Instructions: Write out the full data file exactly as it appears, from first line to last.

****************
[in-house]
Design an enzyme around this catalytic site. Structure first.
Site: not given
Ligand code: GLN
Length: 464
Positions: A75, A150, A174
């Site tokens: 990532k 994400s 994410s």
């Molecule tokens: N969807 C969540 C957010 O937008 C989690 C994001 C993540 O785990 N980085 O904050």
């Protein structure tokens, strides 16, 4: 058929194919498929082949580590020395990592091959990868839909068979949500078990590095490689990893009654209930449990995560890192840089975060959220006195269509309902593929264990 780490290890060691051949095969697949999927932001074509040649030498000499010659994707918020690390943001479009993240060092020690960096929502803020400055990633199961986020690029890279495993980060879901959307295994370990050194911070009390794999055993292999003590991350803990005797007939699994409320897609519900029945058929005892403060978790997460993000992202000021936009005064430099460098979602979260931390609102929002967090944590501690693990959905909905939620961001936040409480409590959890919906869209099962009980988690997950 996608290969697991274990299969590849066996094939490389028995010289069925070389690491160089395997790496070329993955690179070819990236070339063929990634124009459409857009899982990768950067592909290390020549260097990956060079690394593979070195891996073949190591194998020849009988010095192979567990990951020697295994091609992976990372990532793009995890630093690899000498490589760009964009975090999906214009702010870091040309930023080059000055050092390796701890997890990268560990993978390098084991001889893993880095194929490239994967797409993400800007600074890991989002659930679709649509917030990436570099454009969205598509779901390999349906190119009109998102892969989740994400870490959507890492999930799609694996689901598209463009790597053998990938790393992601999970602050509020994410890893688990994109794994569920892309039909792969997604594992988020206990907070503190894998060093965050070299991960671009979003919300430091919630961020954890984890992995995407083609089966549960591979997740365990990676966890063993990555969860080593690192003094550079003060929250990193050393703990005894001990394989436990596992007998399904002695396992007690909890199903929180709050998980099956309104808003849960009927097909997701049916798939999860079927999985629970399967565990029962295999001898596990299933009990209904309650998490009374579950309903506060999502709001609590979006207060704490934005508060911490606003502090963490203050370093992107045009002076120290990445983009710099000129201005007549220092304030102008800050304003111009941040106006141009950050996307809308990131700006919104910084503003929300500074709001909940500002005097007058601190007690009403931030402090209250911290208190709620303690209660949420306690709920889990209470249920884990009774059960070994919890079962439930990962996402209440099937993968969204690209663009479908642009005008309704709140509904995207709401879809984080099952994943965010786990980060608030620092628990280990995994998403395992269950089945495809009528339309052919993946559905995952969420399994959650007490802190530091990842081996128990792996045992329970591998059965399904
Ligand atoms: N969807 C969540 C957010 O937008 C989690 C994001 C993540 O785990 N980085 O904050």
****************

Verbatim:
[in-house]
Design an enzyme around this catalytic site. Structure first.
Site: not given
Ligand code: GLN
Length: 464
Positions: A75, A150, A174
């Site tokens: 990532k 994400s 994410s």
């Molecule tokens: N969807 C969540 C957010 O937008 C989690 C994001 C993540 O785990 N980085 O904050």
């Protein structure tokens, strides 16, 4: 058929194919498929082949580590020395990592091959990868839909068979949500078990590095490689990893009654209930449990995560890192840089975060959220006195269509309902593929264990 780490290890060691051949095969697949999927932001074509040649030498000499010659994707918020690390943001479009993240060092020690960096929502803020400055990633199961986020690029890279495993980060879901959307295994370990050194911070009390794999055993292999003590991350803990005797007939699994409320897609519900029945058929005892403060978790997460993000992202000021936009005064430099460098979602979260931390609102929002967090944590501690693990959905909905939620961001936040409480409590959890919906869209099962009980988690997950 996608290969697991274990299969590849066996094939490389028995010289069925070389690491160089395997790496070329993955690179070819990236070339063929990634124009459409857009899982990768950067592909290390020549260097990956060079690394593979070195891996073949190591194998020849009988010095192979567990990951020697295994091609992976990372990532793009995890630093690899000498490589760009964009975090999906214009702010870091040309930023080059000055050092390796701890997890990268560990993978390098084991001889893993880095194929490239994967797409993400800007600074890991989002659930679709649509917030990436570099454009969205598509779901390999349906190119009109998102892969989740994400870490959507890492999930799609694996689901598209463009790597053998990938790393992601999970602050509020994410890893688990994109794994569920892309039909792969997604594992988020206990907070503190894998060093965050070299991960671009979003919300430091919630961020954890984890992995995407083609089966549960591979997740365990990676966890063993990555969860080593690192003094550079003060929250990193050393703990005894001990394989436990596992007998399904002695396992007690909890199903929180709050998980099956309104808003849960009927097909997701049916798939999860079927999985629970399967565990029962295999001898596990299933009990209904309650998490009374579950309903506060999502709001609590979006207060704490934005508060911490606003502090963490203050370093992107045009002076120290990445983009710099000129201005007549220092304030102008800050304003111009941040106006141009950050996307809308990131700006919104910084503003929300500074709001909940500002005097007058601190007690009403931030402090209250911290208190709620303690209660949420306690709920889990209470249920884990009774059960070994919890079962439930990962996402209440099937993968969204690209663009479908642009005008309704709140509904995207709401879809984080099952994943965010786990980060608030620092628990280990995994998403395992269950089945495809009528339309052919993946559905995952969420399994959650007490802190530091990842081996128990792996045992329970591998059965399904
Ligand atoms: N969807 C969540 C957010 O937008 C989690 C994001 C993540 O785990 N980085 O904050």